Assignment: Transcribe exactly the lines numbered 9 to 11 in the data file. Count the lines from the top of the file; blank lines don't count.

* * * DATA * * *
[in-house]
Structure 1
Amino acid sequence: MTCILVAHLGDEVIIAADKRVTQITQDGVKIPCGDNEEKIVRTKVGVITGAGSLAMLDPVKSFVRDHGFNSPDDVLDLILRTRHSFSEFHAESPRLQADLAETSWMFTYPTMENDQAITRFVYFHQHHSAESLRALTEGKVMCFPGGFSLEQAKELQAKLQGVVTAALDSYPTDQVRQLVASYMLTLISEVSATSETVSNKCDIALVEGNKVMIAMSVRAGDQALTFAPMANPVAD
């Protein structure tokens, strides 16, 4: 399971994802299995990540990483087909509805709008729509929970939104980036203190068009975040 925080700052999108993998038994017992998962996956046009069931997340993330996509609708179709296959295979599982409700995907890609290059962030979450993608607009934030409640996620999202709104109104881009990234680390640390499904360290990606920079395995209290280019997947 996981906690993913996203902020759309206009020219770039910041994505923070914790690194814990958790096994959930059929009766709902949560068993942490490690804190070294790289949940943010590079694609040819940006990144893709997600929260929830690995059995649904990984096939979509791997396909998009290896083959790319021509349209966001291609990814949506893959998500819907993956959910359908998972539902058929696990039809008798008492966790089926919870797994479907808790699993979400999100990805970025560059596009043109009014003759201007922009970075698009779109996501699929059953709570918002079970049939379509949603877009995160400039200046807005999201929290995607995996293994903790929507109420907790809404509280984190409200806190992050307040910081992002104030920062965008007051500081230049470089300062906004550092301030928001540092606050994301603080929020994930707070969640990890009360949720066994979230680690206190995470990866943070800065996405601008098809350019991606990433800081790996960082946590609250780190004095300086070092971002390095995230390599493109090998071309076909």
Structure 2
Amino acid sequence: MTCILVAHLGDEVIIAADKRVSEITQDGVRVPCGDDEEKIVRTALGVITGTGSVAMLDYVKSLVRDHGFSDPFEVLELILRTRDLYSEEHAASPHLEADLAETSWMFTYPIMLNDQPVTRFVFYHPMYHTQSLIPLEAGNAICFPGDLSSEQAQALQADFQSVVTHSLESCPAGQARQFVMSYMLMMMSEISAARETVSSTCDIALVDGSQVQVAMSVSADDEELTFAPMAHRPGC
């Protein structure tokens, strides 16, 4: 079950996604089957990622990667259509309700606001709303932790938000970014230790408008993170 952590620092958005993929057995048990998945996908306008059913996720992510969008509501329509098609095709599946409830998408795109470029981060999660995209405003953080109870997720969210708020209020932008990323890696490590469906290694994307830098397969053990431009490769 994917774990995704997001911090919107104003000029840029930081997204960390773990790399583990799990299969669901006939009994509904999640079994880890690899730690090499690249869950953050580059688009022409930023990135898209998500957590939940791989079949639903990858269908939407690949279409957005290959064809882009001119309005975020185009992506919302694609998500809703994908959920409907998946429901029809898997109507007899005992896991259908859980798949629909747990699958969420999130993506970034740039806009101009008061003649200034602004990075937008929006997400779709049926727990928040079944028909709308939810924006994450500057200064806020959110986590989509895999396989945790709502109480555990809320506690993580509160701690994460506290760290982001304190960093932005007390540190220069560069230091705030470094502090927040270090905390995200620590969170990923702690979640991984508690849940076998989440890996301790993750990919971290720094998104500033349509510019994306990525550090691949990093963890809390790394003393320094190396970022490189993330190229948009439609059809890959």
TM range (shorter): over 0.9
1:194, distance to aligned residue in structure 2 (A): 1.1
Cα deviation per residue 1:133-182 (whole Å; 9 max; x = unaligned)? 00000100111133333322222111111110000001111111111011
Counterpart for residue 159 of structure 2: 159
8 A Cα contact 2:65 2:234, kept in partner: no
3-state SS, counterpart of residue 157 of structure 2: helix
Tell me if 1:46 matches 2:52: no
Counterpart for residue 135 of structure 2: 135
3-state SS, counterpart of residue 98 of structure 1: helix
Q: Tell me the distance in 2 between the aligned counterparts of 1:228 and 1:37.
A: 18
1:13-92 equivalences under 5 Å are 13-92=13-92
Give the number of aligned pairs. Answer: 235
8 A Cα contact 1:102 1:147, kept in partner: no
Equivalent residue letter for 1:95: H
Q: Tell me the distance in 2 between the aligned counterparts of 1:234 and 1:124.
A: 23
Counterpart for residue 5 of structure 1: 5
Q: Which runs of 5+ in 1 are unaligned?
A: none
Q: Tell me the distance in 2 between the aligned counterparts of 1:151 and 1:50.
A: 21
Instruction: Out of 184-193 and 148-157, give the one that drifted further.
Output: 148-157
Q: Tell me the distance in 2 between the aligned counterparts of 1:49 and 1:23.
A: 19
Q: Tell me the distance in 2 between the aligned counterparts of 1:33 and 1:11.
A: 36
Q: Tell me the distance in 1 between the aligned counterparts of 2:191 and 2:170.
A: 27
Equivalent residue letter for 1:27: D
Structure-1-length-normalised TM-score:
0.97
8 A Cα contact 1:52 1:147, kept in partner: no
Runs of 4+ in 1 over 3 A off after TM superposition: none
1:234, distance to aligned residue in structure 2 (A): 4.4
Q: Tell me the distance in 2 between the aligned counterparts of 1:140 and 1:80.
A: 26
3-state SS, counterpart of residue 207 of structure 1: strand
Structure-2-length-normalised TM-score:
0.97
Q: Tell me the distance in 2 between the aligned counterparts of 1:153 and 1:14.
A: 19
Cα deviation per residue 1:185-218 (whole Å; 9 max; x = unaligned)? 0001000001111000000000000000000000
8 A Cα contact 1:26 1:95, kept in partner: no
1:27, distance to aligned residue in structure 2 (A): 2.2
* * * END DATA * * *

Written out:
1:194, distance to aligned residue in structure 2 (A): 1.1
Cα deviation per residue 1:133-182 (whole Å; 9 max; x = unaligned)? 00000100111133333322222111111110000001111111111011
Counterpart for residue 159 of structure 2: 159